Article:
From the LA Review of Books: "Shakespeare toys with numerous European languages throughout his work, including Italian, French, Spanish, and Dutch. Yet, no matter how garbled the speech, playgoers can usually identify distinct languages and dialects—that is, until they bump up against what scholars have called the “invented language,” “unintelligible gabble,” and “mumbo-jumbo” in his comedy All’s Well That Ends Well. Some of these invented words in the play may correspond to actual neo-Latin words from Italian, Portuguese, Catalan, and Spanish, but several phrases strike the ear as Basque, a language I grew up hearing. It survives today as the oldest language in Europe, with no connection to any other language."

A file name used in old Macs refers to a feud between Apple and the Beatles

Used Apple Mac Macintosh Classic 1991 Vintage Computer Model M1420 ...

From Now I Know: "If you used a Mac before it became super-popular to do so, you probably know a certain sound very well. The sound — a short burst, a mix between a bell and a steam train’s whistle — would ring whenever you did something you weren’t supposed to. The file name of this sound is "sosumi.wav," which seems like an odd name. Apple Computer was founded in 1974 and Apple Corps, the holding company for the Beatles wasn’t too happy about the former’s decision to use the Apple name, so the Beatles sued and Apple Computer agreed to stay out of the music business. When Apple Computer created a new operating system for its Macs in 1991, the question came up again."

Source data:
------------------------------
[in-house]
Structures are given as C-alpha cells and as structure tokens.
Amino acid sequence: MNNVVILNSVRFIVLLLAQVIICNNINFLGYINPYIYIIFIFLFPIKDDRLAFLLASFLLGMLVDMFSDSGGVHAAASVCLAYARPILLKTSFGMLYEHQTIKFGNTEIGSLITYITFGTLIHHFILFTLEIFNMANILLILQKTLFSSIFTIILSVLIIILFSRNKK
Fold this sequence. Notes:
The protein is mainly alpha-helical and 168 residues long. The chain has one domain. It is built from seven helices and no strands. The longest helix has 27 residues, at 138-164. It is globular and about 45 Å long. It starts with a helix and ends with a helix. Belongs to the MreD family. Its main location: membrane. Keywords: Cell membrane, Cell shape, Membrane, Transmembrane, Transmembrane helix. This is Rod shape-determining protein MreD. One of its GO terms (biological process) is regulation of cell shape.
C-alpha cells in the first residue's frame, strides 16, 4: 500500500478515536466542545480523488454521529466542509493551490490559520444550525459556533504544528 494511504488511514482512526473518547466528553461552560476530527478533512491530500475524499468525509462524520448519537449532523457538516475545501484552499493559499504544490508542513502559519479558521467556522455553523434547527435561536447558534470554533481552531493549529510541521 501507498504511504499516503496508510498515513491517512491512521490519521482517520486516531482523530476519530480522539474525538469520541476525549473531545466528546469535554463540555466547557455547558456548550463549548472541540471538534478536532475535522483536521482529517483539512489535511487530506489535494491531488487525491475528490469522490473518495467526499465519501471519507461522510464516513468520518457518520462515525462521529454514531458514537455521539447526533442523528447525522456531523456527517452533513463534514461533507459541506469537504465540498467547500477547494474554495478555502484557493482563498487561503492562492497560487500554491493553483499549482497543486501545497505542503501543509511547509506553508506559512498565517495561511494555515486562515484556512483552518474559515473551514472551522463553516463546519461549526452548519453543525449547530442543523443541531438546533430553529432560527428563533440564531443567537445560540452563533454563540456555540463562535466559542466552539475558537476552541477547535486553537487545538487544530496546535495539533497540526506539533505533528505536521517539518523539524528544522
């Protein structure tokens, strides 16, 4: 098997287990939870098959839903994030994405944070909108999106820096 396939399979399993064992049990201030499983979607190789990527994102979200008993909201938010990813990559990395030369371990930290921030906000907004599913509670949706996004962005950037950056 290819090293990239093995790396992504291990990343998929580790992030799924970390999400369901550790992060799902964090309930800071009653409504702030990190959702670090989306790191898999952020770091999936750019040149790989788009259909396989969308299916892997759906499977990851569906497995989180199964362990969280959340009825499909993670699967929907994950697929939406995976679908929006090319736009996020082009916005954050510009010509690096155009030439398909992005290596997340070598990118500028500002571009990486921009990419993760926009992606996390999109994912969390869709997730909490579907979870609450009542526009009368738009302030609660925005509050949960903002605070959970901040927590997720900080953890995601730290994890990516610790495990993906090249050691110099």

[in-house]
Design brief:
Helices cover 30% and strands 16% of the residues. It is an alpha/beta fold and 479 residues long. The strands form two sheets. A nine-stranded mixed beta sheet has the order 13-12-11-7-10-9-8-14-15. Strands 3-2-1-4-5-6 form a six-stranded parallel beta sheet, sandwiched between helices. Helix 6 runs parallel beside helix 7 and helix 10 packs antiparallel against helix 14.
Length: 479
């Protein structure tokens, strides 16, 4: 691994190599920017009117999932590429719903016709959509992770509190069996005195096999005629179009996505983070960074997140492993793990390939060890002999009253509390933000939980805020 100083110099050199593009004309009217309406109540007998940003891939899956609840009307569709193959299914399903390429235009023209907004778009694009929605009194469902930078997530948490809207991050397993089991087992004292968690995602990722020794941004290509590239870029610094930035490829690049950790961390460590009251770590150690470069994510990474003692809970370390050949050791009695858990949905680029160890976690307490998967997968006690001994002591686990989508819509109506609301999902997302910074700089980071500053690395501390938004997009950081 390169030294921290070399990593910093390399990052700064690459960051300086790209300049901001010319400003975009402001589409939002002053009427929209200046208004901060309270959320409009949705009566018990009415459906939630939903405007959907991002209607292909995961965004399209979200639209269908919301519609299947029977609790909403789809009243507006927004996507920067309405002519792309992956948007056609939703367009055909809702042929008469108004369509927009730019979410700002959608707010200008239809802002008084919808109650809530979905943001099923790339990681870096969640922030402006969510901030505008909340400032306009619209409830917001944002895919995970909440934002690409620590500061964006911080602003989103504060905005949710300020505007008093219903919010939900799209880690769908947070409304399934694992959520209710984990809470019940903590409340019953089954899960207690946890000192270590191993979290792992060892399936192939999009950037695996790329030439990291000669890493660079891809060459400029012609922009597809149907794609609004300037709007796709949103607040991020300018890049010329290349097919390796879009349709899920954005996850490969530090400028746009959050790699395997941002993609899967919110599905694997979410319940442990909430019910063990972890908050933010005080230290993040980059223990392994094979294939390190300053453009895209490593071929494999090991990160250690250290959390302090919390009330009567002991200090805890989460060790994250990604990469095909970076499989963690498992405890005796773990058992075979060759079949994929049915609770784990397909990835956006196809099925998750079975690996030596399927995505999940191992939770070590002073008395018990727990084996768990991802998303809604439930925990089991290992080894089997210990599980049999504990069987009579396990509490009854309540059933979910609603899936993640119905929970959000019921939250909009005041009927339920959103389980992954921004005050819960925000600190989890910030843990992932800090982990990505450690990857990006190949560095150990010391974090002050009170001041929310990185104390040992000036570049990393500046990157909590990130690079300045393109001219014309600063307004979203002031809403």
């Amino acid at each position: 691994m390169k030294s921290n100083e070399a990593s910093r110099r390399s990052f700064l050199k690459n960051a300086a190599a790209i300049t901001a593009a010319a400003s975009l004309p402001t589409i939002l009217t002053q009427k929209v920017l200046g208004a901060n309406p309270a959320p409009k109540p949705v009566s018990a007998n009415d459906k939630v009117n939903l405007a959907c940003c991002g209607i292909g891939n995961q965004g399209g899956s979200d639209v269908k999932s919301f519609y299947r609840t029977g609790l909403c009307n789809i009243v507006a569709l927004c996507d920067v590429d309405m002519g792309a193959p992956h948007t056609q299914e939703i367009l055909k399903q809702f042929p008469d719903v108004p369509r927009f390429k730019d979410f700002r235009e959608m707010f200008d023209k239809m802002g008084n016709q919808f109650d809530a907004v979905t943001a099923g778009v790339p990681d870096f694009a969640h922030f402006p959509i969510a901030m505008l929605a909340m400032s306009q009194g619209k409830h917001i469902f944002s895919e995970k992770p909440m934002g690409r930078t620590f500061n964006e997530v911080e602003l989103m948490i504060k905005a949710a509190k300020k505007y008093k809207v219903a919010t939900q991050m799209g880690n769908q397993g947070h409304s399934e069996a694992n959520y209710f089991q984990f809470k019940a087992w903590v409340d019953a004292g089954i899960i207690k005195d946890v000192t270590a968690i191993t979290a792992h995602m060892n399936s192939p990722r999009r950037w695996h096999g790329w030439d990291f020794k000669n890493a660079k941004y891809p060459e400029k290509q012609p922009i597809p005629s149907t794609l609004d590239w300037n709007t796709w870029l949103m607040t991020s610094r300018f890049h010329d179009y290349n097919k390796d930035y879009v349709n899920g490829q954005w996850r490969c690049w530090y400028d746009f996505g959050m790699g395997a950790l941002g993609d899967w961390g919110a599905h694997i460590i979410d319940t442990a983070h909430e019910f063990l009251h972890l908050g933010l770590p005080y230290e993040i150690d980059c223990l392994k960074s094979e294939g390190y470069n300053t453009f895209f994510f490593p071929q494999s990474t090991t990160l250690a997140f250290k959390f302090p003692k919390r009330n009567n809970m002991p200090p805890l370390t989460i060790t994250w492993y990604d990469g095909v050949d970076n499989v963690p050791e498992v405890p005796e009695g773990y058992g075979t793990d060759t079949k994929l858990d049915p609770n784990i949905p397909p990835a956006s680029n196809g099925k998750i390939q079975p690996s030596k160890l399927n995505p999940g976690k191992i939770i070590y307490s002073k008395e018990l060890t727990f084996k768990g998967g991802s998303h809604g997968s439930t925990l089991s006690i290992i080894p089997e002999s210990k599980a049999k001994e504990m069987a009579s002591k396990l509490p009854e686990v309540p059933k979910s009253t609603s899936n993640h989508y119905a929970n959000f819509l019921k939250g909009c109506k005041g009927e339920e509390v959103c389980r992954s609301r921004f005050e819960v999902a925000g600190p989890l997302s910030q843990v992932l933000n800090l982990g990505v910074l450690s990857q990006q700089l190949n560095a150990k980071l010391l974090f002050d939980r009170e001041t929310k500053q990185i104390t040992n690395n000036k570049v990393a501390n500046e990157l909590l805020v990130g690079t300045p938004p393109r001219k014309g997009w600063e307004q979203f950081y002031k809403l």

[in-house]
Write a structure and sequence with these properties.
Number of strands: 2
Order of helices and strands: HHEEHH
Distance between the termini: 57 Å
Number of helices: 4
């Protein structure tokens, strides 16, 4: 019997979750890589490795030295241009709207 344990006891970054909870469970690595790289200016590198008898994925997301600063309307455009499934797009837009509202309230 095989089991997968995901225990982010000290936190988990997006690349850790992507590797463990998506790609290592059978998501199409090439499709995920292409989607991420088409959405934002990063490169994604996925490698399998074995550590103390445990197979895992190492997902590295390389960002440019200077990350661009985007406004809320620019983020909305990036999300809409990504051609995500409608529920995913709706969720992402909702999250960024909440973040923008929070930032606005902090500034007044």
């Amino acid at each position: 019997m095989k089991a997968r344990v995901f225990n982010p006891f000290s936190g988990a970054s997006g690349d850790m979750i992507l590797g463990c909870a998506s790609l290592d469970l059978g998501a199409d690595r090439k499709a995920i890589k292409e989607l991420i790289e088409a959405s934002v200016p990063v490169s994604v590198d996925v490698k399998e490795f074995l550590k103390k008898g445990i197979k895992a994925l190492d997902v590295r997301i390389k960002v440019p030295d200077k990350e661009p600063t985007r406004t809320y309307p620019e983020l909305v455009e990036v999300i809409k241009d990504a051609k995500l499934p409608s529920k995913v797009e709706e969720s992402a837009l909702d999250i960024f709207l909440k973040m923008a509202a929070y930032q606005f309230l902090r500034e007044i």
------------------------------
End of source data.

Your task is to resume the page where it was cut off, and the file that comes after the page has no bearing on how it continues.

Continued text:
The "dragon bones" that Chinese villagers have been eating were dinosaur bones

Visitors look at a dinosaur leg bone on display in Zhengzhou, in China's central Henan Province, on Tuesday. Parts of the 18-meter dinosaur were dug up and eaten by locals as traditional medicine, scientists said Tuesday.

From NBC News: "Villagers in central China spent decades digging up bones they believed belonged to flying dragons and using them in traditional medicines. Turns out the bones belonged to dinosaurs, and now scientists are doing the digging. Until last year, the fossils were being sold in Henan province as “dragon bones” at about 25 cents a pound. The calcium-rich bones were sometimes boiled with other ingredients and fed to children to treat dizziness and leg cramps. Other times they were ground up and turned into a paste applied directly to fractures and other injuries, he said. Dong was part of a team that recently excavated in Henan’s Ruyang County a 60-foot-long plant-eating dinosaur that lived 85 million to 100 million years ago."

This pasta is made on top of a giant wheel of Parmesan cheese set on fire with grappa

Acknowledgements: I find a lot of these links myself, but I also get some from other newsletters that I rely on as "serendipity engines," such as The Morning News from Rosecrans Baldwin and Andrew Womack, Jodi Ettenberg's Curious About Everything, Dan Lewis's Now I Know, Robert Cottrell and Caroline Crampton's The Browser, Clive Thompson's Linkfest, Noah Brier and Colin Nagy's Why Is This Interesting, Maria Popova's The Marginalian, Sheehan Quirke AKA The Cultural Tutor, the Smithsonian magazine, and JSTOR Daily. If you come across something interesting that you think should be included here, please feel free to email me at mathew @ mathewingram dot com